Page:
An efficient supply chain can lower customer churn. It’s essential that customers receive the products they order in a timely manner. Further, your company must deliver products efficiently to keep your costs low. In essence, you’ll be applying supply chain optimization. This post will help you understand what a supply chain is and how you can use it to earn loyal customers.
What is Supply Chain Optimization?Supply chain optimization is the process of analyzing product pipeline infrastructures to make them more efficient at the lowest cost possible. This process is often ongoing and can include running supply chain network optimization scenarios to learn about and improve the processes. A supply chain is the ecosystem of your business. However, many of the components of your supply chain are beyond your control. The processes of your suppliers (and their suppliers) are black boxes for most business owners. It’s difficult to optimize any process when you don’t know how they work. You're the customer of your supplier, which means you have a voice. You can proactively seek information about their processes to learn more about how to help them improve. Also, you can have them competitively bid to gain insight about their responses and procedures. This information will shed some light on those black boxes.
4 Tips to Optimize Your Small Business Supply ChainWhen your business is ready to optimize your supply chain, you may learn about third-party logistics (3PL) providers who offer to help. These 3PL companies often have formal approaches, such as supply chain optimization modeling. While this can help find the strengths and weaknesses of your business strategy and supply chain processes, it may be overkill for the small business owner. This post concentrates on using four tips that have been effective in optimizing supply chains. It's divided into two sections: internal and external processes. The internal processes include inventory control, analyzing current logistical procedures, and handling requests properly. This is a good place for most business owners to start when optimizing any part of their supply chain. The external processes require contacting supply chain managers and their suppliers (Tier 2) and seeing what optimizations can be made via agreements.
Exercise Inventory ControlThere's no easy answer to the inventory level control problem. While you never want to run out of products to sell to customers, you don’t want to produce in excess of demand. With technology, more companies are turning to Just-In-Time (JIT) inventory procedures. Current technologies are more efficient to help determine demand. The forecasts produced by artificial intelligence (AI) algorithms are more accurate today, due to big data and better processing power. This development can help companies forecast their production cycles more accurately. If you think these AI algorithms are out of reach to small business owners, know that there are cloud solutions available from Microsoft, Amazon, and IBM that are affordable and often paid for on an as-needed basis.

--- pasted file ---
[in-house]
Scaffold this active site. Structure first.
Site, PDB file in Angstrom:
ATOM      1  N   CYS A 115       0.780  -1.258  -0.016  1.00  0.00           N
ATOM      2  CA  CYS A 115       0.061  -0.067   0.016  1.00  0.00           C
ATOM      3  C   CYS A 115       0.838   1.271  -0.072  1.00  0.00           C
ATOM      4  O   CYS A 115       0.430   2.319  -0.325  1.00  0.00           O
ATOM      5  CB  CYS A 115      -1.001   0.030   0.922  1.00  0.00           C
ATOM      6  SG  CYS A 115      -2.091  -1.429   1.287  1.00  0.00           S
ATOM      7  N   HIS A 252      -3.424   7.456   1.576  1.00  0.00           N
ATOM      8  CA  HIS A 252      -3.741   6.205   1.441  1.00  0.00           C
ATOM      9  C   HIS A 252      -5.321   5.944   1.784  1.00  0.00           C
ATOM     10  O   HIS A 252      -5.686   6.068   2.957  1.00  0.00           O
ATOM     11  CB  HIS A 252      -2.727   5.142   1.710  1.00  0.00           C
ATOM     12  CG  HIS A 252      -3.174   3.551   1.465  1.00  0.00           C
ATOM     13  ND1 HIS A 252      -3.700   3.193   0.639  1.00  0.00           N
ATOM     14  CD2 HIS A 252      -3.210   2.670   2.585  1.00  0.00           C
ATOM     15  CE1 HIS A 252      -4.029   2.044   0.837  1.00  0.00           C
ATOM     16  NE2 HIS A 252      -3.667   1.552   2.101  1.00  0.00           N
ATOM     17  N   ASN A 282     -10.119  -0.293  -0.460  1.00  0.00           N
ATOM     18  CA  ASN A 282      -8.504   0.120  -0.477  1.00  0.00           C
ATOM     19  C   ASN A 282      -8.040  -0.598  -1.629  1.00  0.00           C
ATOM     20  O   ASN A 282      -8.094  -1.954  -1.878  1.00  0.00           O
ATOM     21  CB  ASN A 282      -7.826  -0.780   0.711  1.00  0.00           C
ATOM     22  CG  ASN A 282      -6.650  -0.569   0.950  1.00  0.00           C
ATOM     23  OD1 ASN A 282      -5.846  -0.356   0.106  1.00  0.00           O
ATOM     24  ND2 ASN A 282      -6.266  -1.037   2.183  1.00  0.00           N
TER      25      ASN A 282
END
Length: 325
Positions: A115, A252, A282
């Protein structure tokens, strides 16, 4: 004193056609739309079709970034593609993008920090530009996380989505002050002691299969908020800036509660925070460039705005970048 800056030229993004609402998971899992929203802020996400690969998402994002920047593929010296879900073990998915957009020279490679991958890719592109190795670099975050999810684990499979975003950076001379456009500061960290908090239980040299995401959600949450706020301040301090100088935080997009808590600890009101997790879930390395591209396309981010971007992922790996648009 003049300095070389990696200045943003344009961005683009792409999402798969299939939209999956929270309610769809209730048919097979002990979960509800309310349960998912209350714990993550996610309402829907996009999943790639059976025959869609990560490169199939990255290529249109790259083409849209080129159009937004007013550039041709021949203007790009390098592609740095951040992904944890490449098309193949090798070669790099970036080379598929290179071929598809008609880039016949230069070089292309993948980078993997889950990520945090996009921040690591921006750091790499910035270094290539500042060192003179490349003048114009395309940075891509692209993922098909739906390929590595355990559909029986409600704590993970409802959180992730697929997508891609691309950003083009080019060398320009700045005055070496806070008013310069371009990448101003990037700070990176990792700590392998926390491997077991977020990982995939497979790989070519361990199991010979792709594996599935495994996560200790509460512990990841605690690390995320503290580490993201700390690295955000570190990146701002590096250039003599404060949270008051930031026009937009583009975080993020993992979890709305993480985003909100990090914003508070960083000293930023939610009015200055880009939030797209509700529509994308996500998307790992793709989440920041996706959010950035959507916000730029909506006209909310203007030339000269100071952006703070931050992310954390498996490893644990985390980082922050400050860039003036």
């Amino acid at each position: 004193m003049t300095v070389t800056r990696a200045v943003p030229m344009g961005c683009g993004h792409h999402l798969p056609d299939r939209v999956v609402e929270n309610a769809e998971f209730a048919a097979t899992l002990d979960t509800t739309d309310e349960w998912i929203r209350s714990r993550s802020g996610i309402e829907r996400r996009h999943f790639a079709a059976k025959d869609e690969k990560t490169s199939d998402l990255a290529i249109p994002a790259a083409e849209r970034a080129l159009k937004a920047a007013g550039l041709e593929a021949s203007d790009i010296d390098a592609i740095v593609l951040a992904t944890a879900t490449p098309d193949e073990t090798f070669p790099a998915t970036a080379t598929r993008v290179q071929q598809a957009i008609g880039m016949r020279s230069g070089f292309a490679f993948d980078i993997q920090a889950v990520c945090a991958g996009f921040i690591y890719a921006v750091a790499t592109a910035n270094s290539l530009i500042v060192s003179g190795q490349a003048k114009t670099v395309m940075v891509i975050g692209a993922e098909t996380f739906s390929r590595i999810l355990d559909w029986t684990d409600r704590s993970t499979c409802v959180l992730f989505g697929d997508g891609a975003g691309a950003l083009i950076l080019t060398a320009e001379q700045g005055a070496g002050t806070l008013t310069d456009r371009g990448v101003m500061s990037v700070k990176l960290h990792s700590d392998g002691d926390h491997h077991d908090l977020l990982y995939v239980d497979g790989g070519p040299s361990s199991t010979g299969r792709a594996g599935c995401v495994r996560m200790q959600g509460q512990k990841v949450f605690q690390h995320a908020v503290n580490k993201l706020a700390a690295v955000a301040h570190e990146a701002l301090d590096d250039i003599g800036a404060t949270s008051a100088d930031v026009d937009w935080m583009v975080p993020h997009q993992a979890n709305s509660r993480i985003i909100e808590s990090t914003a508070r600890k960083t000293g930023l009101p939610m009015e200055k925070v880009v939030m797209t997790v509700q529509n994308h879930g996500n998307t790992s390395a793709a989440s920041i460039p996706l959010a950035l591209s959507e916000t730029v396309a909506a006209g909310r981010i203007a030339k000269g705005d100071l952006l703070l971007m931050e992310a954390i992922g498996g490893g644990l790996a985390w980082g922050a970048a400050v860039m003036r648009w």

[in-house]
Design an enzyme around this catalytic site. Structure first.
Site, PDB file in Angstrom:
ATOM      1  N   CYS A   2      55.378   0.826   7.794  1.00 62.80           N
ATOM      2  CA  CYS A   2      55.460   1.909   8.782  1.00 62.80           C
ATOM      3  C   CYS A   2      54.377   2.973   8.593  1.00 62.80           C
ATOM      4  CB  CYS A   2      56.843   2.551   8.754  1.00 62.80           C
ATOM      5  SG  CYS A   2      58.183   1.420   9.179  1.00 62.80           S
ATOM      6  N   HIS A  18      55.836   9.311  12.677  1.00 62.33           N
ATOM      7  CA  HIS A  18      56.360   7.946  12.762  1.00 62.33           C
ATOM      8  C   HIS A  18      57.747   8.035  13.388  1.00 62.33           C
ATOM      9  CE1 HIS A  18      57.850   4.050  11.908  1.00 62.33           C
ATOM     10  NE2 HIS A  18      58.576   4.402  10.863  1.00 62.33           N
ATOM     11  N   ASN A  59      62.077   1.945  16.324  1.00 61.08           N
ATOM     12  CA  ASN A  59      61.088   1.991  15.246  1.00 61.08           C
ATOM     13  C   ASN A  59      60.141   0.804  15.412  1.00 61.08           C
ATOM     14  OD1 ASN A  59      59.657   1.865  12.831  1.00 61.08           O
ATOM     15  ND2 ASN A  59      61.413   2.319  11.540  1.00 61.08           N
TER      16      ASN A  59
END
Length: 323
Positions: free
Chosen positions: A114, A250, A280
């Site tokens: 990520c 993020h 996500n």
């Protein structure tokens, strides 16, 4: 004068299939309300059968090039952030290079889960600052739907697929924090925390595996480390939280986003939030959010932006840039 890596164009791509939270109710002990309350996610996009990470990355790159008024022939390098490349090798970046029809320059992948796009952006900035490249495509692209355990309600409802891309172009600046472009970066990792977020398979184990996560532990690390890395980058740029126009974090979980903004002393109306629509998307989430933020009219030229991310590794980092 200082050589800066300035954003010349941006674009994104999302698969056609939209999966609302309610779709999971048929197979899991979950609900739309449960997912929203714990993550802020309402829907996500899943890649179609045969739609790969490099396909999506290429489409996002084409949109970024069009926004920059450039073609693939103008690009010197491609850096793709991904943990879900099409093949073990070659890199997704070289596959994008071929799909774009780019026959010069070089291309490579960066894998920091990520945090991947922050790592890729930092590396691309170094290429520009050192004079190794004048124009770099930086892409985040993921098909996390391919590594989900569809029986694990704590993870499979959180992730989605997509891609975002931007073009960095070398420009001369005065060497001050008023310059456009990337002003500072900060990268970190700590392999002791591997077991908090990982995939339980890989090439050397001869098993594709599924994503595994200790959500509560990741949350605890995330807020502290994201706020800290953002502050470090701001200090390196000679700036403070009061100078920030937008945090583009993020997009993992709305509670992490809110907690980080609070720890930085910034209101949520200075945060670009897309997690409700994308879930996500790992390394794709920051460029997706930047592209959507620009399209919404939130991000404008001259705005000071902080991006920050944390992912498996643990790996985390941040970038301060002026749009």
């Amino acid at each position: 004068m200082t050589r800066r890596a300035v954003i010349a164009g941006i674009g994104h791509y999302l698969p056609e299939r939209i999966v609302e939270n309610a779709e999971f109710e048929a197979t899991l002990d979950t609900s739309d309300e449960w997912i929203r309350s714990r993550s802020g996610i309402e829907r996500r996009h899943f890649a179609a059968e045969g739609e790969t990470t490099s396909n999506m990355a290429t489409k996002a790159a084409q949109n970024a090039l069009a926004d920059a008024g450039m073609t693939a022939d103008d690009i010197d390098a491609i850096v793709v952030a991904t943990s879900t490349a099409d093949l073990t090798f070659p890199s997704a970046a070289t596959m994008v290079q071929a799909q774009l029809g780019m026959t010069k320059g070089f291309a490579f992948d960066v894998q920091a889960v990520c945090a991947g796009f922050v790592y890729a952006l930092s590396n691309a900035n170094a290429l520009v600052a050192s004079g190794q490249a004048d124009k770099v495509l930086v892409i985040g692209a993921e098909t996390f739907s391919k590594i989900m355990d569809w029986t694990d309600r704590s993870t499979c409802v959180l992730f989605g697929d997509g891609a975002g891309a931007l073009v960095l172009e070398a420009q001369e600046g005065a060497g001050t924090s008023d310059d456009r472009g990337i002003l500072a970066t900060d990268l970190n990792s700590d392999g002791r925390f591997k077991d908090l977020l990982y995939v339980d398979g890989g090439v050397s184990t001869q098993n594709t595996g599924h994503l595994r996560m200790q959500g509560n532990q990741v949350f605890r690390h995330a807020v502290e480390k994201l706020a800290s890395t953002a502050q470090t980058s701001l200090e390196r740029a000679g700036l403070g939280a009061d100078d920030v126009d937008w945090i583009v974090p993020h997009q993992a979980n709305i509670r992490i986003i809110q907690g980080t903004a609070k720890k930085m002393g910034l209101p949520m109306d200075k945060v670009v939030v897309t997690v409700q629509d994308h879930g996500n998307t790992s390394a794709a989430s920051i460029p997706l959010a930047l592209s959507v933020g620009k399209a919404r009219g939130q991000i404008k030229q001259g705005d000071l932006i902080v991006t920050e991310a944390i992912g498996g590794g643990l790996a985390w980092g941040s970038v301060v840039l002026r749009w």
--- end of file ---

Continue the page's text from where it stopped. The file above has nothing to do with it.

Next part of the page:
Step Back And Inspect Your Logistics ProcessesInspecting your logistics processes will help you gain the insight you need to determine changes to make. Technology will play an ever-increasing role in learning about the interconnected pieces that make up a supply chain. It’s difficult to track these complex networks manually. Companies are implementing machine learning algorithms to handle the job of optimizing logistics processes, and by extension, the supply chain. As machine learning excels at error reduction, it’s the perfect technology to analyze all the interconnected nodes and layers that make up the supply chain. Traditional methods of analyzing logistics processes often treated each component in isolation, making it difficult to know how the parts reacted to one another. Machine learning removes that constraint. Of course, this requires staff that's knowledgeable in working with machine learning algorithms.
Handle Requests Appropriately (RFQ, RFP, RFI)Information is your best ally when optimizing your supply chain. When looking for new suppliers or trying to negotiate with current ones, have them go through the request process. There are a few types of requests that you can use:
- Request for Quotes (RFQ) - When you're ready to contract with suppliers, you can submit an RFQ. This often occurs after you've gathered information and asked for proposals (RFI and RFP).
- Request for Proposals (RFP) - This document is more detailed and helps vendors understand what types of problems you’re looking to solve in your production process or for customers.
- Request for Information (RFI) - When you ask for an RFI, it's usually for suppliers that exist in your supply chain. This document allows you to learn more about their processes and position within the network.